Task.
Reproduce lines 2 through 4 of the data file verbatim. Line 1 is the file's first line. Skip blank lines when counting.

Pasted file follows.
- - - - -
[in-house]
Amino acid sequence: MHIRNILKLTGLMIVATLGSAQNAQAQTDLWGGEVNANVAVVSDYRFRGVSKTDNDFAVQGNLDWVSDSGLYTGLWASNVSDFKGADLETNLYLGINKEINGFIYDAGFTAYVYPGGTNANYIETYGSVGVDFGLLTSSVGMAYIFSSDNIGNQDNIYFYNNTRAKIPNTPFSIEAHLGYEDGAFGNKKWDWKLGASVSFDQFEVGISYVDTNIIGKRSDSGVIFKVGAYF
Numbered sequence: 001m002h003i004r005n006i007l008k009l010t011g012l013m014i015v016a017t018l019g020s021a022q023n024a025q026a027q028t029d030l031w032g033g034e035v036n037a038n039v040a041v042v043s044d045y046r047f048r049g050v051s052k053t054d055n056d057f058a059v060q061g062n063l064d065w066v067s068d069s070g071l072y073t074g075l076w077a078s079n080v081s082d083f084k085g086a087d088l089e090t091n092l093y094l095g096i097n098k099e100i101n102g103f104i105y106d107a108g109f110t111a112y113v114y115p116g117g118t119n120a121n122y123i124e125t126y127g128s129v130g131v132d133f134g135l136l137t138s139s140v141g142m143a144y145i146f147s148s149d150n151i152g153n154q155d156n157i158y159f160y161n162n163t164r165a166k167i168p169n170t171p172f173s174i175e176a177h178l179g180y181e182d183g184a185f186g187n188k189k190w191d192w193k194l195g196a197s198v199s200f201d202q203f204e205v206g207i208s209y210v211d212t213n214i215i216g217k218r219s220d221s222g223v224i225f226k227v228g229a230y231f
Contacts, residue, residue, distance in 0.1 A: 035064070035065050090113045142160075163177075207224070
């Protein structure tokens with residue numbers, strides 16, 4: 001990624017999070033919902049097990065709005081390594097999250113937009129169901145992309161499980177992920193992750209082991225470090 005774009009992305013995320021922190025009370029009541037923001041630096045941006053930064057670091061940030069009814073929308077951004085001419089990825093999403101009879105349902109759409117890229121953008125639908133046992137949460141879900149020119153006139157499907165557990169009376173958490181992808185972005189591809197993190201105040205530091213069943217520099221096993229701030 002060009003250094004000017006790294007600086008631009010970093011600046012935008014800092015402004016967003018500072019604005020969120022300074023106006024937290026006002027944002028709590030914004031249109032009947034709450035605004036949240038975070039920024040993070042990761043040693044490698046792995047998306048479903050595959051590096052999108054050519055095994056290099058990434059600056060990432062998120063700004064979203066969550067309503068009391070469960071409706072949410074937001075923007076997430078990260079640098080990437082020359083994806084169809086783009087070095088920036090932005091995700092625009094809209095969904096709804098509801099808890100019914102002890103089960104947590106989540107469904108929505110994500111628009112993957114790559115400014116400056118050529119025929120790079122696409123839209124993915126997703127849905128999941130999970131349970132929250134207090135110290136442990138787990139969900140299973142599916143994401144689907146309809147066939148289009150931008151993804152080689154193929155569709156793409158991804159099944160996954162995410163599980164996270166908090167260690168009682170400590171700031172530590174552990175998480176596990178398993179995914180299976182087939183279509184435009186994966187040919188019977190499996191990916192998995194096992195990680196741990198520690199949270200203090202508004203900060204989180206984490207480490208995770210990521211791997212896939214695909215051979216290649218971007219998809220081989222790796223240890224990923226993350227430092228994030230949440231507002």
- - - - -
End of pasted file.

Amino acid sequence: MHIRNILKLTGLMIVATLGSAQNAQAQTDLWGGEVNANVAVVSDYRFRGVSKTDNDFAVQGNLDWVSDSGLYTGLWASNVSDFKGADLETNLYLGINKEINGFIYDAGFTAYVYPGGTNANYIETYGSVGVDFGLLTSSVGMAYIFSSDNIGNQDNIYFYNNTRAKIPNTPFSIEAHLGYEDGAFGNKKWDWKLGASVSFDQFEVGISYVDTNIIGKRSDSGVIFKVGAYF
Numbered sequence: 001m002h003i004r005n006i007l008k009l010t011g012l013m014i015v016a017t018l019g020s021a022q023n024a025q026a027q028t029d030l031w032g033g034e035v036n037a038n039v040a041v042v043s044d045y046r047f048r049g050v051s052k053t054d055n056d057f058a059v060q061g062n063l064d065w066v067s068d069s070g071l072y073t074g075l076w077a078s079n080v081s082d083f084k085g086a087d088l089e090t091n092l093y094l095g096i097n098k099e100i101n102g103f104i105y106d107a108g109f110t111a112y113v114y115p116g117g118t119n120a121n122y123i124e125t126y127g128s129v130g131v132d133f134g135l136l137t138s139s140v141g142m143a144y145i146f147s148s149d150n151i152g153n154q155d156n157i158y159f160y161n162n163t164r165a166k167i168p169n170t171p172f173s174i175e176a177h178l179g180y181e182d183g184a185f186g187n188k189k190w191d192w193k194l195g196a197s198v199s200f201d202q203f204e205v206g207i208s209y210v211d212t213n214i215i216g217k218r219s220d221s222g223v224i225f226k227v228g229a230y231f
Contacts, residue, residue, distance in 0.1 A: 035064070035065050090113045142160075163177075207224070